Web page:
CAS  PubMed  Google Scholar 

  10. 10

    Hoogenboom, H.R. Overview of antibody phage-display technology and its applications. Methods Mol. Biol. 178, 1–37 (2002).

    CAS  PubMed  Google Scholar 

  11. 11

    Griffiths, A.D. et al. Isolation of high affinity human antibodies directly from large synthetic repertoires. EMBO J. 13, 3245–3260 (1994).

    CAS  PubMed  PubMed Central  Google Scholar 

  12. 12

    Vaughan, T.J. et al. Human antibodies with sub-nanomolar affinities isolated from a large non-immunized phage display library. Nat. Biotechnol. 14, 309–314 (1996).

    CAS  PubMed  Google Scholar 

  13. 13

    de Haard, H.J. et al. A large non-immunized human Fab fragment phage library that permits rapid isolation and kinetic analysis of high affinity antibodies. J. Biol. Chem. 274, 18218–18230 (1999).

    CAS  Google Scholar 

  14. 14

    Knappik, A. et al. Fully synthetic human combinatorial antibody libraries (HuCAL) based on modular consensus frameworks and CDRs randomized with trinucleotides. J. Mol. Biol. 296, 57–86 (2000).

    CAS  Google Scholar 

  15. 15

    Hoet, R.M. et al. Generation of high-affinity human antibodies by combining donor-derived and synthetic complementarity-determining-region diversity. Nat. Biotechnol. 23, 344–348 (2005).

    CAS  PubMed  Google Scholar 

  16. 16

    Yang, W.P. et al. CDR walking mutagenesis for the affinity maturation of a potent human anti-HIV-1 antibody into the picomolar range. J. Mol. Biol. 254, 392–403 (1995).

    CAS  Google Scholar 

  17. 17

    Schier, R. et al. Isolation of picomolar affinity anti-c-erbB-2 single-chain Fv by molecular evolution of the complementarity determining regions in the center of the antibody binding site. J. Mol. Biol. 263, 551–567 (1996).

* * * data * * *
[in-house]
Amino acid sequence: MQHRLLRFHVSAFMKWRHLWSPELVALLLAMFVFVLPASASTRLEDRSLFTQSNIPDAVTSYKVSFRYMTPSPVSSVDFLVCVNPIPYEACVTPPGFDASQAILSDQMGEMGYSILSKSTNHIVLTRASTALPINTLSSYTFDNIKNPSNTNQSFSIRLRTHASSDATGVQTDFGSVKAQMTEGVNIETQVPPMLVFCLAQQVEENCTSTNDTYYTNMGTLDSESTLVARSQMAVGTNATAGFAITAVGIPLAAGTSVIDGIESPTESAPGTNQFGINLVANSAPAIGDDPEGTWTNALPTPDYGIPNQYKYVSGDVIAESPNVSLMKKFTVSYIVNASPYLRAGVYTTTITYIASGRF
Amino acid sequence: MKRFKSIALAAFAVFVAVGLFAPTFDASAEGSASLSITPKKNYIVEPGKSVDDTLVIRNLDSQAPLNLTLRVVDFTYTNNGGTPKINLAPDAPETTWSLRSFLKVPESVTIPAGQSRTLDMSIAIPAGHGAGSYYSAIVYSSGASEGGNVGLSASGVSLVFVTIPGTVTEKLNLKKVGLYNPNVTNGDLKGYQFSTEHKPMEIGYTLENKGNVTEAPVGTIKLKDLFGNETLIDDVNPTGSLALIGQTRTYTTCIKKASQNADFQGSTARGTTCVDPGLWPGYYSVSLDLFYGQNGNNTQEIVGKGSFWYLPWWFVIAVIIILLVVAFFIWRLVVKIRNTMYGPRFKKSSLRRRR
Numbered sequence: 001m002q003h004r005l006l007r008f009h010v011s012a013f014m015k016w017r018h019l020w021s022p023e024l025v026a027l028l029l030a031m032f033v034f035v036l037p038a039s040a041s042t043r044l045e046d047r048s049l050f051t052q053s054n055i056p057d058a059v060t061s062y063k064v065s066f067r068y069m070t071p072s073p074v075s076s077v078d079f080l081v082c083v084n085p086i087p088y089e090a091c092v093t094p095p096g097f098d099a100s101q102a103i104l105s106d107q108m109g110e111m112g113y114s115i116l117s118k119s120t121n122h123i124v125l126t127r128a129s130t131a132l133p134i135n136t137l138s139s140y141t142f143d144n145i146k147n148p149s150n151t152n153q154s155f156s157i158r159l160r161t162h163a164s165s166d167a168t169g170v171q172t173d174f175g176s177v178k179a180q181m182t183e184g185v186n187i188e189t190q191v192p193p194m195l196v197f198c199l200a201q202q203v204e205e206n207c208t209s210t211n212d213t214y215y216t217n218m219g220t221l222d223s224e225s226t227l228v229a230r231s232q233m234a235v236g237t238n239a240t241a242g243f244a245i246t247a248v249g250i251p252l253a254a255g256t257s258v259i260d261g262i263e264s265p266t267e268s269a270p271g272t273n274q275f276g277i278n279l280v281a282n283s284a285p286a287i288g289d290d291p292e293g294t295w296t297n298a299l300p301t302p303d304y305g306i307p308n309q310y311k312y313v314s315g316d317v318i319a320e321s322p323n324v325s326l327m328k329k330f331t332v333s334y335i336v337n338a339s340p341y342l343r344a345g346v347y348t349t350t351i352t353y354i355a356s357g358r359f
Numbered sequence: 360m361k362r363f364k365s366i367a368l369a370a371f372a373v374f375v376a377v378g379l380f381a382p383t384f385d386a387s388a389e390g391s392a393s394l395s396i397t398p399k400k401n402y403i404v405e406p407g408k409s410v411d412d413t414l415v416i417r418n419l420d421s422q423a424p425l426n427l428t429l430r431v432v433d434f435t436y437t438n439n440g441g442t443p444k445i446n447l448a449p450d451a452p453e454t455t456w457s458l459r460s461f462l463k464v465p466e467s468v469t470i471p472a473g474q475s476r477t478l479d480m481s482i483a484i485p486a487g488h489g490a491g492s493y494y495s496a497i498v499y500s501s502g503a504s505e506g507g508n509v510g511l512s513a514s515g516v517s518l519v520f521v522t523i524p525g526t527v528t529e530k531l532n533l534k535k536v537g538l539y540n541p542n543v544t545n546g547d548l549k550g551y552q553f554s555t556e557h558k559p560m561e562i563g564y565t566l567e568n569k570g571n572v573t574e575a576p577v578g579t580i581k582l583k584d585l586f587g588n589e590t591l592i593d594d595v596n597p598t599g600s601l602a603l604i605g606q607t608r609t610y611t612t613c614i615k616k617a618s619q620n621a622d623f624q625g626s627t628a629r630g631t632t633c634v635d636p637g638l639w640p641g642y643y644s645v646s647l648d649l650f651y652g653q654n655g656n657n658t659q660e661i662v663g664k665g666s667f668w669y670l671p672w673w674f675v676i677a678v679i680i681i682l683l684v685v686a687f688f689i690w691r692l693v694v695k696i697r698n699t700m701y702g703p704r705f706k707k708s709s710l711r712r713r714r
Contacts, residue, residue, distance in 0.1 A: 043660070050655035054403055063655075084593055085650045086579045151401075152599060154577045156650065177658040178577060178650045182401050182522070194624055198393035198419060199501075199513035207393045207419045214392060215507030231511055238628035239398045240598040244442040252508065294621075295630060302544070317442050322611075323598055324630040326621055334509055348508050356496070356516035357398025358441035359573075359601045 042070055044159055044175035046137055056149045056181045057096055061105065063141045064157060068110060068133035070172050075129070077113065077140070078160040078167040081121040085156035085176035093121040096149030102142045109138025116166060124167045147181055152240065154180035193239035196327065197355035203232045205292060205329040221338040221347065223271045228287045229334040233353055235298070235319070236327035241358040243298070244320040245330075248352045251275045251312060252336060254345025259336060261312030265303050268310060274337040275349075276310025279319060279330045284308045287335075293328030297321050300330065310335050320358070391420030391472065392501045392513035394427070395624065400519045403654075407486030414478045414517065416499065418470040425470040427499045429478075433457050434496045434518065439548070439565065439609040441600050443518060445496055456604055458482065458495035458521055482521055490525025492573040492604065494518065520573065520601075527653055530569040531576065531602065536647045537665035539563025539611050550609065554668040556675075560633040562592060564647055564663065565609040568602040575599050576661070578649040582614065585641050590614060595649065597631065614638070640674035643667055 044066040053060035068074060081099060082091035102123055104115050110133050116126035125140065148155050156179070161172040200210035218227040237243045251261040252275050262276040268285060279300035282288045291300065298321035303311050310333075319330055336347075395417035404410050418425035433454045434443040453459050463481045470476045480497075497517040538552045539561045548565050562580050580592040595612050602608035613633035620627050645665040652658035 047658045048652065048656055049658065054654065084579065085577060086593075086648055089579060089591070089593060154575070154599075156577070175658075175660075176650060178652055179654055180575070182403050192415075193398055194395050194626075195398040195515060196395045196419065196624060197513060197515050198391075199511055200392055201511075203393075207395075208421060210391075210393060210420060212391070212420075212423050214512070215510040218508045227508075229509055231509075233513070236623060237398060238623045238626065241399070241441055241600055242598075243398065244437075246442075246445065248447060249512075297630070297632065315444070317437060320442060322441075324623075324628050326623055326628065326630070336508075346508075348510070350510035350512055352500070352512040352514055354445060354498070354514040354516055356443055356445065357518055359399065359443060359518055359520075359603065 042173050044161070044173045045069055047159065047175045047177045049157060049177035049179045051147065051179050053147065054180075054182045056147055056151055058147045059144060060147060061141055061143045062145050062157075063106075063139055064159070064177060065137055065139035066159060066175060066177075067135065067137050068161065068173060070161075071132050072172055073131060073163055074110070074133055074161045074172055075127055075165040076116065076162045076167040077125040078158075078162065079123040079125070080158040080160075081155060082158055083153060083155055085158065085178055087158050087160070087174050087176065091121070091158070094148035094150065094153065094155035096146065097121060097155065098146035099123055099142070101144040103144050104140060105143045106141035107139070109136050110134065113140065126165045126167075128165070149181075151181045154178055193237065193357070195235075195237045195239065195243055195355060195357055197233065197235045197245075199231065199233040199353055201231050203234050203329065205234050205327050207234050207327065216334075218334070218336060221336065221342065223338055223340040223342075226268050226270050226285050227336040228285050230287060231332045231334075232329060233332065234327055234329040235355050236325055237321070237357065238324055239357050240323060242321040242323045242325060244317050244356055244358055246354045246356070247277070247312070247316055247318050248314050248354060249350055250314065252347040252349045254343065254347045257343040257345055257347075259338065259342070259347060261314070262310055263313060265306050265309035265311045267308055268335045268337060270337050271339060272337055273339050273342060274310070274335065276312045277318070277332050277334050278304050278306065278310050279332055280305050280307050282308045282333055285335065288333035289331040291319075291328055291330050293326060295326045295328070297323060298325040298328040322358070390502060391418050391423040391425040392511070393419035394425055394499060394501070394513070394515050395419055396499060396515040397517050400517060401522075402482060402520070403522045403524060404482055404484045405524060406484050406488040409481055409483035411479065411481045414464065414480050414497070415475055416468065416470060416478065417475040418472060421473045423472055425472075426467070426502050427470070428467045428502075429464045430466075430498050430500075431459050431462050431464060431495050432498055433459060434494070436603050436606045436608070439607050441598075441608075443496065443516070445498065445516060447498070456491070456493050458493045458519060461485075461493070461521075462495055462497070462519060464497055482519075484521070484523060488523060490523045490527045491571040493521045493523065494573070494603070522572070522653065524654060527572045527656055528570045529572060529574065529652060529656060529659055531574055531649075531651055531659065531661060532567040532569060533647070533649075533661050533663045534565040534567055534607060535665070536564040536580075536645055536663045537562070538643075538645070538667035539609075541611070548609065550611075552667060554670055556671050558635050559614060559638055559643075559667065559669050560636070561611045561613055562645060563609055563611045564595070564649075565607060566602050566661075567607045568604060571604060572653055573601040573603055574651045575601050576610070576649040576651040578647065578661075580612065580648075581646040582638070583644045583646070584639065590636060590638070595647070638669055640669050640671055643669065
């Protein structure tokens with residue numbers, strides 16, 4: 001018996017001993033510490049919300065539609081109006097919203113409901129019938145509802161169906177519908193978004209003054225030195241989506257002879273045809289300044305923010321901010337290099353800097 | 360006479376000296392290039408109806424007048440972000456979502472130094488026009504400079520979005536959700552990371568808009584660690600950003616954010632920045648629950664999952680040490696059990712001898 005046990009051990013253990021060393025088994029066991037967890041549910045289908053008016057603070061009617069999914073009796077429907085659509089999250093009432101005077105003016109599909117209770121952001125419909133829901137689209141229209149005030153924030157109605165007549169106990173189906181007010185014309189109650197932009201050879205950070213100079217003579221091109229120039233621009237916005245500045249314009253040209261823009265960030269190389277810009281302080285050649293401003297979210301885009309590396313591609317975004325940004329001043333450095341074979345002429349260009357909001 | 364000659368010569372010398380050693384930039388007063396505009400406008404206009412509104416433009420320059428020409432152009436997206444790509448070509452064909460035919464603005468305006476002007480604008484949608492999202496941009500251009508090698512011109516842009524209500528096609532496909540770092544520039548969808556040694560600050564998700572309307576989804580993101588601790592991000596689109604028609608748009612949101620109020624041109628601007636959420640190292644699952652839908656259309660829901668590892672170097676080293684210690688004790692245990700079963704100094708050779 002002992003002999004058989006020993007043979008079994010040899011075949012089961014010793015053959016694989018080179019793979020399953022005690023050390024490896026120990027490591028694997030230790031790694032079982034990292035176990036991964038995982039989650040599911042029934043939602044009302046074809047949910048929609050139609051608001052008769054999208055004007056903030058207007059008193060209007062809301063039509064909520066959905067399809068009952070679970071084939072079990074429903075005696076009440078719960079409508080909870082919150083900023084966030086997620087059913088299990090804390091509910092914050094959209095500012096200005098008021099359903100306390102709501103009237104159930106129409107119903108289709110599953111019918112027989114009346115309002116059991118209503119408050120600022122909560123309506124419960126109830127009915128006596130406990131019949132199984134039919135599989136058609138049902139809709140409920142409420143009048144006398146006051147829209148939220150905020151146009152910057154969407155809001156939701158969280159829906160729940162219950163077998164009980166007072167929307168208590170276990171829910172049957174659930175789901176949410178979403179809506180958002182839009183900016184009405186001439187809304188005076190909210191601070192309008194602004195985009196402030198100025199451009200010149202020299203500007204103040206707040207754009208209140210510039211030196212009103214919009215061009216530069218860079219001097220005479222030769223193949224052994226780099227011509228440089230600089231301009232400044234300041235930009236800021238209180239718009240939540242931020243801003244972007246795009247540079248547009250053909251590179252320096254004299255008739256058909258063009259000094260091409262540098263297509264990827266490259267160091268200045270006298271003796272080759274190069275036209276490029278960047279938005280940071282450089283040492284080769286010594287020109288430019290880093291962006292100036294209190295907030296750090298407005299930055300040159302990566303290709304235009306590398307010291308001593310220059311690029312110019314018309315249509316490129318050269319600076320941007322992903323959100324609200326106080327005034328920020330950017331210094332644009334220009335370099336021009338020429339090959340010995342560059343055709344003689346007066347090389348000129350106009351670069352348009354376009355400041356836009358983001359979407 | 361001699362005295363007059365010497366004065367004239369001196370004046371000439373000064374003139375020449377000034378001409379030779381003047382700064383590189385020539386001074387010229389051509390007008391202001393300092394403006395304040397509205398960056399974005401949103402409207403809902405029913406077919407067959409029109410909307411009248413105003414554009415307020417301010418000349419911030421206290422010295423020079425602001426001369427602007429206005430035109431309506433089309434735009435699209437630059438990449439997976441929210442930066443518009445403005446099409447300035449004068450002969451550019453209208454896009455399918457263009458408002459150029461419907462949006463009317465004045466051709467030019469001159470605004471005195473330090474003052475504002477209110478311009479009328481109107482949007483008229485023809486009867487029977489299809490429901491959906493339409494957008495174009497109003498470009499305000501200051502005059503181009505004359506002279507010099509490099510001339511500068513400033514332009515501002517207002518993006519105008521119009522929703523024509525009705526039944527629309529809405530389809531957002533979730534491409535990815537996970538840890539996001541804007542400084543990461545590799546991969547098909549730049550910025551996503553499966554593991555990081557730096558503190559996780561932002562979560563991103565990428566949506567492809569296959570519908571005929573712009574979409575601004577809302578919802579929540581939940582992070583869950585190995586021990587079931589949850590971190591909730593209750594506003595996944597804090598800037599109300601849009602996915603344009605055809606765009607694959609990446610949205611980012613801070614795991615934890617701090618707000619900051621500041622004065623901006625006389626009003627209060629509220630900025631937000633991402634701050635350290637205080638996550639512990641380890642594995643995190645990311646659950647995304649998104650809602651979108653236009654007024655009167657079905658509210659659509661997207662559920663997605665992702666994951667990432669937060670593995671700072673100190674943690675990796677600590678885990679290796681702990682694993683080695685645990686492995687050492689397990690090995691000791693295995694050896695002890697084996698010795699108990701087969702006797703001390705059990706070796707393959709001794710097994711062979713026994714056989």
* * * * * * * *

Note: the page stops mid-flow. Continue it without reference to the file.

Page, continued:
CAS  Google Scholar 

  18. 18

    Lu, D. et al. Tailoring in vitro selection for a picomolar affinity human antibody directed against vascular endothelial growth factor receptor 2 for enhanced neutralizing activity. J. Biol. Chem. 278, 43496–43507 (2003).

    CAS  PubMed  Google Scholar 

  19. 19

    Chames, P., Hufton, S.E., Coulie, P.G., Uchanska-Ziegler, B. & Hoogenboom, H.R. Direct selection of a human antibody fragment directed against the tumor T-cell epitope HLA-A1-MAGE-A1 from a nonimmunized phage-Fab library. Proc. Natl. Acad. Sci. USA 97, 7969–7974 (2000).

    CAS  PubMed  Google Scholar 

  20. 20

    Huie, M.A. et al. Antibodies to human fetal erythroid cells from a nonimmune phage antibody library. Proc. Natl. Acad. Sci. USA 98, 2682–2687 (2001).

    CAS  PubMed  Google Scholar 

  21. 21

    Moulard, M. et al. Broadly cross-reactive HIV-1-neutralizing human monoclonal Fab selected for binding to gp120–CD4-CCR5 complexes. Proc. Natl. Acad. Sci. USA 99, 6913–6918 (2002).

    CAS  PubMed  Google Scholar 

  22. 22

    Kramer, R.A. et al. The human antibody repertoire specific for rabies virus glycoprotein as selected from immune libraries. Eur. J. Immunol. 35, 2131–2145 (2005).

    CAS  PubMed  Google Scholar 

  23. 23

    Lipovsek, D. & Pluckthun, A. In-vitro protein evolution by ribosome display and mRNA display. J. Immunol. Methods 290, 51–67 (2004).

    CAS  PubMed  Google Scholar 

  24. 24

    Hanes, J., Schaffitzel, C., Knappik, A. & Pluckthun, A. Picomolar affinity antibodies from a fully synthetic naive library selected and evolved by ribosome display. Nat. Biotechnol. 18, 1287–1292 (2000).

    CAS  Google Scholar 

  25. 25